Monday, September 08, 2008

Green exclusion: an anti-democratic travesty

If we are to achieve a richer culture, rich in contrasting values, we must recognize the whole gamut of human potentialities, and so weave a less arbitrary social fabric, one in which each diverse human gift will find a fitting place. --Margaret Mead, Sex and Temperament in Three Primitive Societies (1935)

We are not looking at a fringe group here. They look a lot like Canadians as a whole. --Steven Brown, Laurier Institute for the Study of Public Opinion and Policy

I'll likely never vote Green. It's a petty bourgeois party whose appeal is more to small business and disaffected Tories than to socialists. But I'm mad as hell about the news today: the goalposts have been moved, and the Green Party has once more been excluded from the televised leaders' debates.

The Greens are currently at 10% in the polls. They have a sitting Member of Parliament. During the last election, they took 4.5% of the vote. Based upon voters' preference rather than our creaky, undemocratic "first past the post" system, that should have meant 14 seats or so in our 308-seat House of Commons.

The corporate media have tamely gone along with the major parties. This time, not having the excuse of "no MPs" to fall back on, they have stated--and I have no reason to disbelieve them, in fact--that some of the other parties blackmailed them into excluding the Green Party leader, Elizabeth May, with the threat of a leaders' boycott.

Democracy is about representation, accountability, transparency--and choice. From the perspective of the people, democracy means maximizing options, alternatives and competing visions. Governments, in fact, should be facilitating this as part of their mandate, although some (including governments) find this counterintuitive. Grants to such diverse organizations as the Canadian Labour Congress, the National Action Committee on the Status of Women and the Court Challenges program, as well as to counter-cultural artists and "left-wing" television personalities, help to foster debate, allow new ideas some oxygen, and improve social and cultural discourse in general.

Political parties and governments, however, for which power, not democracy, is the immediate goal, seek to narrow options and exclude possibilities. It is in their interests to do so: every squelched
alternative represents a pool of votes that could go to them, or one less perspective opposed to them.

The same anti-democratic thinking lies behind the major parties' strong opposition to electoral reform.* Think about it: if around 40% of the vote is enough to deliver majority power to parties again and again and again, why would the beneficiaries of "first past the post" support a democratic alternative where the preferences of the people are duly represented in the House of Commons? And that 40%, by the way, is only about 8 or 9 times the popular Green vote in the last election.

The arguments against Elizabeth May's participation, as they are reported, are ludicrous and false. Stephen Harper claims that May is just another Liberal, because the Liberal Party stood aside for her in Central Nova. But as the Globe & Mail pointed out last Thursday, this is not a principled reason to exclude her from a leaders' debate. And the NDP's Michael Byers calls the Greens a "single issue party," which makes no sense at all and is demonstrably untrue: the Greens have positions on all of the major issues before us. Certainly the party looks at those issues through a green lens, but why is that any different from the NDP doing so through a pink one?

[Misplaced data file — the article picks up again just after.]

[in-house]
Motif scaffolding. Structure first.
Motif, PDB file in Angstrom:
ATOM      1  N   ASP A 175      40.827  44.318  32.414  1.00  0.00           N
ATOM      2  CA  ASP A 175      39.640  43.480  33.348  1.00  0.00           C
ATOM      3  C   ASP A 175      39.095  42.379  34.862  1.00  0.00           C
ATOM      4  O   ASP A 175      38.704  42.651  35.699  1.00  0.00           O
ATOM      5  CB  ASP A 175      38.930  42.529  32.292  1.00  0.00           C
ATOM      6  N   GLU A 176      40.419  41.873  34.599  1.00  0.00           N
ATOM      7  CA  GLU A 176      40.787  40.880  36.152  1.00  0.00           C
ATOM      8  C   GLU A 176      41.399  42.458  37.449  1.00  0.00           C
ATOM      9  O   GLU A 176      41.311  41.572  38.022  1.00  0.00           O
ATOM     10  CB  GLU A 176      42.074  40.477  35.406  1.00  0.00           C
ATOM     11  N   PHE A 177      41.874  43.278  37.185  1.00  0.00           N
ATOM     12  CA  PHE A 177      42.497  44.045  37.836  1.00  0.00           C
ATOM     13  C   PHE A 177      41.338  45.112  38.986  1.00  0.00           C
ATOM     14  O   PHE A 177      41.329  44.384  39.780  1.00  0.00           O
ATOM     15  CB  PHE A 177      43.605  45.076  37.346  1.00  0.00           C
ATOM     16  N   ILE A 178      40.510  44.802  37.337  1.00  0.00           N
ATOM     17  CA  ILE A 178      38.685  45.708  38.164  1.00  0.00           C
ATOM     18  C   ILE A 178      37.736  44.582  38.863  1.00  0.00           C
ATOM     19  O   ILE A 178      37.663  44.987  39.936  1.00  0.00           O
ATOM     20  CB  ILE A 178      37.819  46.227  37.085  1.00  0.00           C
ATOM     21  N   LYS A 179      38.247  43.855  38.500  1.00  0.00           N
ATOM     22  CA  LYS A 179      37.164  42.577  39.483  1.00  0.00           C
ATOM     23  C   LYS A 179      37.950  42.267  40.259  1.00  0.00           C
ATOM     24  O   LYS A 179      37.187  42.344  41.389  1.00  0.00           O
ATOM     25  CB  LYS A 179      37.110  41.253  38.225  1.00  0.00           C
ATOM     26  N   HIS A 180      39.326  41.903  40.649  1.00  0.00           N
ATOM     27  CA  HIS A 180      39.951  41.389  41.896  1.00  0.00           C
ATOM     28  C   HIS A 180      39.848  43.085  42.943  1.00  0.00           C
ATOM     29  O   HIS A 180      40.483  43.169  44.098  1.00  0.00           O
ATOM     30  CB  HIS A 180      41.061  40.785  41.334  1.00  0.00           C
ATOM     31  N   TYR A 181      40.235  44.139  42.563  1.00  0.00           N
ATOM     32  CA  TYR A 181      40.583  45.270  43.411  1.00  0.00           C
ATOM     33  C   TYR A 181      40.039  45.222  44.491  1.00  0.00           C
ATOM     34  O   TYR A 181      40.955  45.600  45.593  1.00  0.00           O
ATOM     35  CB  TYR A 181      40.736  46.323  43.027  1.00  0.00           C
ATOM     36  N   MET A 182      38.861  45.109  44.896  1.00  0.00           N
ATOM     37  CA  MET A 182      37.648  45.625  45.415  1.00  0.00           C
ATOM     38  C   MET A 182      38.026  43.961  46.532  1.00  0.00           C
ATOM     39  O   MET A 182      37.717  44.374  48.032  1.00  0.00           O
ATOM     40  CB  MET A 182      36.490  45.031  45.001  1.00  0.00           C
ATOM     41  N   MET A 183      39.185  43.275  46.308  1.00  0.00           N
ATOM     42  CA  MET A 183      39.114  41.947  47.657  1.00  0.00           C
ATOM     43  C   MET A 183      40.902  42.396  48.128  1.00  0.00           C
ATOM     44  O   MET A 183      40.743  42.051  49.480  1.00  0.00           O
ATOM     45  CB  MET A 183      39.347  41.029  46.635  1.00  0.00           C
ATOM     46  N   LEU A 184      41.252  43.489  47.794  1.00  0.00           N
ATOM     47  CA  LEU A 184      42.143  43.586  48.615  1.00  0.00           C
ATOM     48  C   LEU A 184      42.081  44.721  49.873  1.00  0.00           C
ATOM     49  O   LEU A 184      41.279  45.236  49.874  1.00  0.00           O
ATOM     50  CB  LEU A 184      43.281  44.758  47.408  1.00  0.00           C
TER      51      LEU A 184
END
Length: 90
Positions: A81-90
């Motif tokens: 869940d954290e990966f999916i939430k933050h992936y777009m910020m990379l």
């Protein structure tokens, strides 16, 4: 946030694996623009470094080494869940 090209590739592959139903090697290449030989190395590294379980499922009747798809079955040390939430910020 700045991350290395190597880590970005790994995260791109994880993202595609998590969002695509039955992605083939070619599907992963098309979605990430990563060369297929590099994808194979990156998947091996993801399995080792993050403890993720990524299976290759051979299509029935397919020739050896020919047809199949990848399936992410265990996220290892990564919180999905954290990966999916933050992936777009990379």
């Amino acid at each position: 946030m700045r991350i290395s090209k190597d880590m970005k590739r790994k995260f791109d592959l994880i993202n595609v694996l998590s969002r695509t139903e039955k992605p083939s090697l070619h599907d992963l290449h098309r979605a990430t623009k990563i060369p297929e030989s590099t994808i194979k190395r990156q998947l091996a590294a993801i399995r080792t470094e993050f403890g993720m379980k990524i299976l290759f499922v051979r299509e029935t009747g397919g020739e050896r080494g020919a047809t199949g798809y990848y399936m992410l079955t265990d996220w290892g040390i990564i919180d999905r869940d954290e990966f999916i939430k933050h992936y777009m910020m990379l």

Those of us who value principle over party expediency need to be heard on this. We should let our respective party brass know, and quickly, that power cannot be permitted to trump our democratic values. This is, or should be, a non-partisan issue. So far, only the Liberals have stood up for our right to hear what Elizabeth May has to say, but, Liberal readers, there's no harm in reinforcing that position. Call or send politely-worded messages to the leader of your party of choice (follow the links):

New Democratic Party
Liberal Party of Canada
Conservative Party of Canada
Bloc Québécois

UPDATE: NDP veteran Gerald Caplan weighs in:

I'm dismayed at the decision to keep Ms. May out of the debate. It's contrary to democracy, common sense and civil decency. I'm hugely disappointed that the NDP is party to this exclusion. I'm shocked that the Conservatives and NDP apparently have threatened not to participate if she had been included. I'm incredulous that Mr. Layton would use the Liberal-Green deal in a single seat to argue that they're virtually the same party. I can hardly believe Mr. Harper's brazenness in saying, without an iota of proof, that Ms. May intends to endorse Mr. Dion.

Now we are left with the spectacle of four men babbling to each other, while another man moderates. Nice work, boys.

Make no mistake: Ms. May is being excluded for no reason of principle. This is all about exploiting an opportunity against a potentially dangerous opponent. Another word for this is opportunism. This is a decision that may well come back to haunt both the Conservatives and the NDP. And they'll have no one to blame but themselves.

Testify, Brother!

UPPERDATE: The Bloc backs off, and the backlash begins. (H/t Saskboy and JimBobby)
In fairness, the NDP has stood up for proportional representation, with feisty Ed Broadbent leading the charge. But prominent BC NDPers like Bill Tieleman were outspoken in their opposition during a reform referendum in 2005, where 58% of the voters cast ballots in favour. The BC NDP has, in the past, won majorities with FPTP.

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